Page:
Editor's Note/Disclaimer: Luciana Fernanda Lopez Vasquez is not biologically related to Ye, born Kanye Omari West. She insisted on publishing this story. No lawyers were involved.
“She got a light-skinned friend look like Michael Jackson, got a dark-skinned friend look like Michael Jackson.”
That was the lullaby I fell asleep to every night as a young child.
From the lifeless stare that made crying myself to sleep easier to the smile that could scare a rottweiler away, Kanye West and my dad in many ways are exceedingly similar.
This led me to one conclusion — they're the same man.
Yes, my father is Kanye West.
No, I haven't asked for a paternity test.
Being the daughter of a celebrated yet contentious celebrity like Kanye has taught me to smile through the pain — and smiling is good.
From the countless white boys asking for my hand in marriage to receiving a miserable pair of Poshmark Yeezys as my allowance each week, my life has had its ups and downs.
Yet, what many don't know is with such a privilege comes many divine responsibilities.
I was raised to not only be his obedient daughter, but most importantly to be his biggest fan.
That entailed supporting him throughout his wins and losses, even though my dad doesn’t lose — except when he beefed with Peppa Pig.
I didn't have any influence on that.
A moving memory is when he came back from work sobbing because the heads of Adidas had thrown his foam Yeezy slide across the room.
No one knew the potential those shoes had, but I knew I believed in my dad and his divinely inspired shoes.
I was the one who encouraged him to keep going and look at those sandals now, present in every corner of an intro to finance class.
My dad always preached that he could see into the future and as his daughter, I could too. Those sandals were the future.
What the media tabloids and the general public don't know is my dad is not as complex as he makes himself to be.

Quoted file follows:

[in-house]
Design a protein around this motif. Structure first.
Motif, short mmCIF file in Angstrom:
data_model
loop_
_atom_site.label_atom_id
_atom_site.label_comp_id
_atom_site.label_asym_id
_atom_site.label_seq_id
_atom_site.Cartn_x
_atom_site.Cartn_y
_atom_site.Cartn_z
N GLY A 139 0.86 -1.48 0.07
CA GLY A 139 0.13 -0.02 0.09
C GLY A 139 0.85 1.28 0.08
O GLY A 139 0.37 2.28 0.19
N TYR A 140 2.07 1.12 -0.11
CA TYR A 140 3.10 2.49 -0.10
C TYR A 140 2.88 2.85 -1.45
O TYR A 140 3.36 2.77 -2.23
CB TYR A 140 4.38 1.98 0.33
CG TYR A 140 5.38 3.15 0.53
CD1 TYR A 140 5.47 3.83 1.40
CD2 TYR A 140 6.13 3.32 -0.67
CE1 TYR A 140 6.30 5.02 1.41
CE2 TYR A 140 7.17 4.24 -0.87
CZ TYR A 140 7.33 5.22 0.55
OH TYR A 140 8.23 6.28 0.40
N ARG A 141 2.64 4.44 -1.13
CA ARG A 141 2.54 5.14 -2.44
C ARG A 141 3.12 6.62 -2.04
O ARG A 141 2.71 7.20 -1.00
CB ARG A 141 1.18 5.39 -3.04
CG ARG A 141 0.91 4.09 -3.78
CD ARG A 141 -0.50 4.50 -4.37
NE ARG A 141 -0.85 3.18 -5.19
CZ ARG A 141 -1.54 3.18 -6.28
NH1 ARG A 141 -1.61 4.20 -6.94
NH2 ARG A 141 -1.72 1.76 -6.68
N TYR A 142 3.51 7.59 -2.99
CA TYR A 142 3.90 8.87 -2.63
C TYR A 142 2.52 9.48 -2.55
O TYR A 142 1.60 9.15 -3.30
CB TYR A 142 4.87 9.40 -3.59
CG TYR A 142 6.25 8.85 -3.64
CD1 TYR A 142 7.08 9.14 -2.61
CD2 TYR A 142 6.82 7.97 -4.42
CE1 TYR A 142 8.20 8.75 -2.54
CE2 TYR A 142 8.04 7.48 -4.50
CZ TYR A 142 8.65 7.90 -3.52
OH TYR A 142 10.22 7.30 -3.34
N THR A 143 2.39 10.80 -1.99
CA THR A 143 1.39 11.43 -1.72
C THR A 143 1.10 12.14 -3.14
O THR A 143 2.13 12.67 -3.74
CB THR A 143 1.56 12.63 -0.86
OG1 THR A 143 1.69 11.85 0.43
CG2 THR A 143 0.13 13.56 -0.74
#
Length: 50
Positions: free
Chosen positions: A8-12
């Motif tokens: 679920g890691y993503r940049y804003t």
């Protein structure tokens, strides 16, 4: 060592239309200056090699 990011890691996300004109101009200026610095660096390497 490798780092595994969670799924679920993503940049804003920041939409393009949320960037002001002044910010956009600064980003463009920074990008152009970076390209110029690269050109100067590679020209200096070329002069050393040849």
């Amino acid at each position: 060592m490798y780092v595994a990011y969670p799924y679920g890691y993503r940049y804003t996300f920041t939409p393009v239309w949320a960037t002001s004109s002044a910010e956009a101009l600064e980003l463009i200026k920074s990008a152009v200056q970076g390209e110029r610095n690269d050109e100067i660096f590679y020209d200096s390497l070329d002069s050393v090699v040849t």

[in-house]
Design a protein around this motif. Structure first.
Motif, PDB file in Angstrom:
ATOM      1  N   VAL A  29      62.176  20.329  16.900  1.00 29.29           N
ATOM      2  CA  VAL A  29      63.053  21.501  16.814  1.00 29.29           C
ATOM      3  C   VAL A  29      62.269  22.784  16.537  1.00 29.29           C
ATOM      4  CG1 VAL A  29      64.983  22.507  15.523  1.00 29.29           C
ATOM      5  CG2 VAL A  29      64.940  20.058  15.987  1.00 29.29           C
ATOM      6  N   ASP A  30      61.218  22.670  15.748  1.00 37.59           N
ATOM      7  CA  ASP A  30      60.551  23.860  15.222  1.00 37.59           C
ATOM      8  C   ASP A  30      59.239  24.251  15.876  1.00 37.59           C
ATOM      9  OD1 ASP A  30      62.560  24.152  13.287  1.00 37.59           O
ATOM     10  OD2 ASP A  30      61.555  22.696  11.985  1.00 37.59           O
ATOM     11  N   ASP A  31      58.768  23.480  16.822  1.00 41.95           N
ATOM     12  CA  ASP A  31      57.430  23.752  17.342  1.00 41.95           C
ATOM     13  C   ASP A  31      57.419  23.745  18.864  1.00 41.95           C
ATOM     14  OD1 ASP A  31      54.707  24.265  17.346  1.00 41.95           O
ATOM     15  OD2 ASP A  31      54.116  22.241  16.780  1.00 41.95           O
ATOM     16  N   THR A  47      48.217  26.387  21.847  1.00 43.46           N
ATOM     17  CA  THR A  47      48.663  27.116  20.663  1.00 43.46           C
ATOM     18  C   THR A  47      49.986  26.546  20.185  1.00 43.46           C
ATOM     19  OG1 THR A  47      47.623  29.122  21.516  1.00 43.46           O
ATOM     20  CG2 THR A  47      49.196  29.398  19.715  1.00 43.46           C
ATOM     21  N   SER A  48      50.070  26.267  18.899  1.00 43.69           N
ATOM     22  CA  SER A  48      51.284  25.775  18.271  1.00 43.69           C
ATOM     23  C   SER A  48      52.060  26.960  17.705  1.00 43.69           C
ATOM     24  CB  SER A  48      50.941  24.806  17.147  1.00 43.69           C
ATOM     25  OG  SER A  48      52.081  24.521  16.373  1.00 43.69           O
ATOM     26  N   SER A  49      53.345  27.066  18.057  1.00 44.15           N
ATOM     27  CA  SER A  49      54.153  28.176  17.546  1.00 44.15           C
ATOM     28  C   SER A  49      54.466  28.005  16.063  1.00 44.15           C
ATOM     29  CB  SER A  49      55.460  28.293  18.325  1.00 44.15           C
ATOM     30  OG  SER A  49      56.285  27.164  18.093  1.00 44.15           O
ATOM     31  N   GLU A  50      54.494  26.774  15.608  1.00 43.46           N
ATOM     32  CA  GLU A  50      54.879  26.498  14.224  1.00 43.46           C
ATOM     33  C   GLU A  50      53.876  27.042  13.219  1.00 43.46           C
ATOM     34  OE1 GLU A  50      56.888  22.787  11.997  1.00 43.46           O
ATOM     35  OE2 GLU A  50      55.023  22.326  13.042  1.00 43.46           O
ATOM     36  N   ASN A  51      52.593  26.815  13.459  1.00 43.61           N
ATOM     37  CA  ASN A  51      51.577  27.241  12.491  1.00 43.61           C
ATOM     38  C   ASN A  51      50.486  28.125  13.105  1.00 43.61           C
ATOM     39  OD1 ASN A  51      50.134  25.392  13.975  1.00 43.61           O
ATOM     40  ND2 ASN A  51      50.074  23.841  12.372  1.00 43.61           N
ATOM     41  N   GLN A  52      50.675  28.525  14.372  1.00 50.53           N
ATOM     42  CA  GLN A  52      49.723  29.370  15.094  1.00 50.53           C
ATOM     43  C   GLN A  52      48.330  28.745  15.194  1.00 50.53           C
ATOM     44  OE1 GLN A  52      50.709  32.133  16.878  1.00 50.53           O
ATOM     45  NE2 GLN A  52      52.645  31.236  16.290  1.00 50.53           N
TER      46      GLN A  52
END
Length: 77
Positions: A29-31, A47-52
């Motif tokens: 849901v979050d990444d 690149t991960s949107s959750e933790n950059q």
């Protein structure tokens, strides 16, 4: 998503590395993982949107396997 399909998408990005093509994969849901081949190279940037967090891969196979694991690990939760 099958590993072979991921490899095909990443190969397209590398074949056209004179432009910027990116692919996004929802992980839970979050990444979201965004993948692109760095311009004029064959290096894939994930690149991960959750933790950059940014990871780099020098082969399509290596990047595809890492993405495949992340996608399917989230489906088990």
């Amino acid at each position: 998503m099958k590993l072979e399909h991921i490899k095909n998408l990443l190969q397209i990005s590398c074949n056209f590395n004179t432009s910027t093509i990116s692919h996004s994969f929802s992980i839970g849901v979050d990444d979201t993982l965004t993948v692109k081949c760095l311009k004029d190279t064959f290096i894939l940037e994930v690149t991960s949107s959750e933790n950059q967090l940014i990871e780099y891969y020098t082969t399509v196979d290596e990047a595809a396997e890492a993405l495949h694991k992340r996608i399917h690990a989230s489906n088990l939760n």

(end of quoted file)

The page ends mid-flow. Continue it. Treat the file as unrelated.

What you see is what you get.
He's loud, a complainer and cooks the most delightful cornbread — or as he calls it, “Chi-Bread.”
Sometimes, when I put on headphones I can still hear his auto-tuned voice telling me his “Chi-Bread” joke. I sometimes have nightmares about it too — but he doesn't need to know that.
Dads can be so annoying sometimes, and my dad is no exception.
Yet, his superstar status and his status as a global icon have not gotten into his head.
He has managed to remain humble despite the chaos in his life.
He once told me all he needed in life to retire as a happy man was a Twinkie and V from BTS. Like father, like daughter.
Even though my dad and I are not as close as he is to Jesus, I like to believe I’m a spitting image of him. Yet, after mentioning my father's identity to a person I meet, I often receive the same question.
“How do you appear sane when Kanye is your dad?”
Ignoring the racial differences, that's the second-most asked question that is in my mind at every given moment.
But, at the end of the day, I’m a normal girl raised by a 5-foot-7 man.
He cooks breakfast one day and runs for president the other. But, that is just my dad being my dad.
As he would say to me without blinking every time I say, “I love you dad” — thanks.
And I think that's very beautiful.